Is it possible to “live well” with dementia?
Recently, Dementia expert, Professor June Andrews, has been quoted in the press as saying that the message often given to the public, that it is possible to ‘live well’ with dementia, is misleading and unhelpful, and one she thinks should be challenged. Here is a link to the article.
Professor Andrews spoke ahead of the launch of a new DVD called “We Need to Talk about Dementia”. This DVD is a drama that highlights a broader range of issues facing someone with dementia and the impact this illness has on families; physically, socially, psychologically and financially. Professor Andrews made the point that most people assume that dementia is a ‘memory problem’ alone and therefore are unprepared for the complexity of difficulties that lie ahead when a dementia diagnosis is given.
As a charity, Dementia Carers Count believes it is possible to live well with dementia. However, it is imperative that this message does not minimise the incredibly difficult times that family carers and people with dementia often have to go through. “Living well” for all of us, carers or not, is not static throughout our lives. How “well” we are living fluctuates. Carers may sometimes feel they are living well, and sometimes feel that they are not. It is also important that carers, healthcare professionals and the general public are well-informed about dementia. Education is crucial, and family carers deserve the same education afforded to paid staff. ‘Dementia’ is an umbrella term that refers to a decline in mental abilities. There are many different types of dementia, and everyone is impacted differently.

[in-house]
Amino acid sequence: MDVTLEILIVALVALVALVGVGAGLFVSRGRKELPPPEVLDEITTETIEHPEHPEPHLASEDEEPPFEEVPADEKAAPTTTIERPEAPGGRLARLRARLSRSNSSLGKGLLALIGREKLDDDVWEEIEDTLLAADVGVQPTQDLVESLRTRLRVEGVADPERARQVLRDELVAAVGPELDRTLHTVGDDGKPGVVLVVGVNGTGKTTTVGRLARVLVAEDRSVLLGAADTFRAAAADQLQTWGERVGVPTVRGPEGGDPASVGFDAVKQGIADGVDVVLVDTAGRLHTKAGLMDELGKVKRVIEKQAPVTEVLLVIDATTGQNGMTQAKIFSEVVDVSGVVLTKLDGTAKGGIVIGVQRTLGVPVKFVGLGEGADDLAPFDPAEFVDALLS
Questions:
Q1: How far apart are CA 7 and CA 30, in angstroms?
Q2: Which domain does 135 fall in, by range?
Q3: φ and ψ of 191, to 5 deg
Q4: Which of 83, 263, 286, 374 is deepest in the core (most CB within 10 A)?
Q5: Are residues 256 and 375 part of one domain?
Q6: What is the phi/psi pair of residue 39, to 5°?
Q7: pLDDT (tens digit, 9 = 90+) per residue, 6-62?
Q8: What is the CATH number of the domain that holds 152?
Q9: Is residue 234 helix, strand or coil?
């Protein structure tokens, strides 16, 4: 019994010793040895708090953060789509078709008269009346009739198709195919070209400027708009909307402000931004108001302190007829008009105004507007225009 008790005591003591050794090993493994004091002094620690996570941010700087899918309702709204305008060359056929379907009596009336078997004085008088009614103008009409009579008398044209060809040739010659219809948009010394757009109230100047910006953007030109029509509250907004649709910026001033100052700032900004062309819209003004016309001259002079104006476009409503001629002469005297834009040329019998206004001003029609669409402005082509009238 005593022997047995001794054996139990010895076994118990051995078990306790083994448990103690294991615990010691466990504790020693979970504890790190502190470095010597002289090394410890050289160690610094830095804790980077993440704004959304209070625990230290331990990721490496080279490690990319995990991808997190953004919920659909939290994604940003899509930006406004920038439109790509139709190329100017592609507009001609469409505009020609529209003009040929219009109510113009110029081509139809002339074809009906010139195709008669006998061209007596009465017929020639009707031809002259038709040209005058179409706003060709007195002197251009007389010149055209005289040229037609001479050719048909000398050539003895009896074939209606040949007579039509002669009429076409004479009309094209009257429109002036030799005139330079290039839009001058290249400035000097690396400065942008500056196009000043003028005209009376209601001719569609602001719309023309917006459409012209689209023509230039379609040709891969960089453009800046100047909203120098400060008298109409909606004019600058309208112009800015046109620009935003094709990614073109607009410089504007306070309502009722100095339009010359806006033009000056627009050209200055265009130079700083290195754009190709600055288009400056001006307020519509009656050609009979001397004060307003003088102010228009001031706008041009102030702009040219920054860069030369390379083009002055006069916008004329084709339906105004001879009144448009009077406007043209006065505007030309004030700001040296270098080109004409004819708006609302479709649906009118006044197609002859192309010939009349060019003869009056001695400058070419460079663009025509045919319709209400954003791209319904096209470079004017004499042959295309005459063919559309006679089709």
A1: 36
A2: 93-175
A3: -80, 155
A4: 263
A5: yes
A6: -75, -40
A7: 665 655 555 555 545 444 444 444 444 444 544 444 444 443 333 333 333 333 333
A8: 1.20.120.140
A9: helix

Dementia Carers Count are here to support family carers as they live with dementia. When it comes to the ‘messages’ that the public are given, as with most things, balance is the key. Having a polarised view of this doesn’t seem to be particularly helpful as everyone’s experiences of dementia are so different. In the 1980s, Tom Kitwood challenged the medical model of dementia which said that dementia causes ill-being. His enriched model demonstrates that “living well” is subjective and depends on so many things: our backgrounds/personal histories, our personalities, our mental and physical health, and lastly, how well our social and psychological needs are being met. This last factor is often the part we can influence the most, and is what we aim to support people with through our charity.
We support carers to build their resilience in their caring roles. In order for this resilience to be enhanced we believe it’s important to have good information, but also to have a sense of agency in being able to make some positive changes to how they manage their situation. Knowing that there are some things that carers can do to increase their own well-being and the well-being of the person being cared for can be a life-line of hope. Our courses are evidence-based and professionally led and have been co-produced with carers who have told us what they need. Carers need to feel supported. If their situation feels hopeless, this is not because they have failed in any way. It’s because it can be really tough. We aim to equip carers with a ‘tool-kit’ of strategies to help them feel more resilient. We hope they get a sense from us, and each other, that their needs still matter and they can be kinder to themselves at the very least, so that even if ‘living well’ doesn’t feel possible, maybe “living better” can be.
Dr Gemima Fitzgerald
Clinical Psychology Lead